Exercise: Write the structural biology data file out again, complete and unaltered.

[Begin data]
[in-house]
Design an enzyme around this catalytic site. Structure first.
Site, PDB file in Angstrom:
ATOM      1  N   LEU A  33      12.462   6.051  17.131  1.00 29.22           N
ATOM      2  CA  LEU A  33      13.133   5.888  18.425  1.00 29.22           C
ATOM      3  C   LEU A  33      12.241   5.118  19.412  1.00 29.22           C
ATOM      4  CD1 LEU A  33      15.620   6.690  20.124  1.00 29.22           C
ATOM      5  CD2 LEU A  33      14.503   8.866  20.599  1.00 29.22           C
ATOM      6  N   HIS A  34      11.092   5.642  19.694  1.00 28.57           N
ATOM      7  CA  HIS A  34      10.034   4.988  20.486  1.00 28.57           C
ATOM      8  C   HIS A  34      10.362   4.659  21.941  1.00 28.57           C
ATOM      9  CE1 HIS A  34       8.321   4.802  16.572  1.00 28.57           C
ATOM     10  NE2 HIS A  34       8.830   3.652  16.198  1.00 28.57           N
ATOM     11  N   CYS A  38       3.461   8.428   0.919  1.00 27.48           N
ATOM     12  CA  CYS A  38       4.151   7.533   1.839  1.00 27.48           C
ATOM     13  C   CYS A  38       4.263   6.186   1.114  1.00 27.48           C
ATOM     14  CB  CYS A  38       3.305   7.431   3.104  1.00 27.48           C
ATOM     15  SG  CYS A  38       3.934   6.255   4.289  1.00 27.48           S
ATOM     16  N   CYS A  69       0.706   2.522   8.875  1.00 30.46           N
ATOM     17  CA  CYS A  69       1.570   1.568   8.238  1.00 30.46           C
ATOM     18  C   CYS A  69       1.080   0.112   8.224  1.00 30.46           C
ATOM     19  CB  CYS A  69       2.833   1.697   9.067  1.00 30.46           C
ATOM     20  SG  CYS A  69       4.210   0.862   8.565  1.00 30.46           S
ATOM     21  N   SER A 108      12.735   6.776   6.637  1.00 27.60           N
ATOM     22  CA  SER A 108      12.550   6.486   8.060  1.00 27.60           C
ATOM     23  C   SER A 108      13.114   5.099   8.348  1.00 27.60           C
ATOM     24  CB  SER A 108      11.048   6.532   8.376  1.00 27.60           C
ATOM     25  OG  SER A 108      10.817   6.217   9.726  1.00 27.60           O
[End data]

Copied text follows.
[in-house]
Design an enzyme around this catalytic site. Structure first.
Site, PDB file in Angstrom:
ATOM      1  N   LEU A  33      12.462   6.051  17.131  1.00 29.22           N
ATOM      2  CA  LEU A  33      13.133   5.888  18.425  1.00 29.22           C
ATOM      3  C   LEU A  33      12.241   5.118  19.412  1.00 29.22           C
ATOM      4  CD1 LEU A  33      15.620   6.690  20.124  1.00 29.22           C
ATOM      5  CD2 LEU A  33      14.503   8.866  20.599  1.00 29.22           C
ATOM      6  N   HIS A  34      11.092   5.642  19.694  1.00 28.57           N
ATOM      7  CA  HIS A  34      10.034   4.988  20.486  1.00 28.57           C
ATOM      8  C   HIS A  34      10.362   4.659  21.941  1.00 28.57           C
ATOM      9  CE1 HIS A  34       8.321   4.802  16.572  1.00 28.57           C
ATOM     10  NE2 HIS A  34       8.830   3.652  16.198  1.00 28.57           N
ATOM     11  N   CYS A  38       3.461   8.428   0.919  1.00 27.48           N
ATOM     12  CA  CYS A  38       4.151   7.533   1.839  1.00 27.48           C
ATOM     13  C   CYS A  38       4.263   6.186   1.114  1.00 27.48           C
ATOM     14  CB  CYS A  38       3.305   7.431   3.104  1.00 27.48           C
ATOM     15  SG  CYS A  38       3.934   6.255   4.289  1.00 27.48           S
ATOM     16  N   CYS A  69       0.706   2.522   8.875  1.00 30.46           N
ATOM     17  CA  CYS A  69       1.570   1.568   8.238  1.00 30.46           C
ATOM     18  C   CYS A  69       1.080   0.112   8.224  1.00 30.46           C
ATOM     19  CB  CYS A  69       2.833   1.697   9.067  1.00 30.46           C
ATOM     20  SG  CYS A  69       4.210   0.862   8.565  1.00 30.46           S
ATOM     21  N   SER A 108      12.735   6.776   6.637  1.00 27.60           N
ATOM     22  CA  SER A 108      12.550   6.486   8.060  1.00 27.60           C
ATOM     23  C   SER A 108      13.114   5.099   8.348  1.00 27.60           C
ATOM     24  CB  SER A 108      11.048   6.532   8.376  1.00 27.60           C
ATOM     25  OG  SER A 108      10.817   6.217   9.726  1.00 27.60           O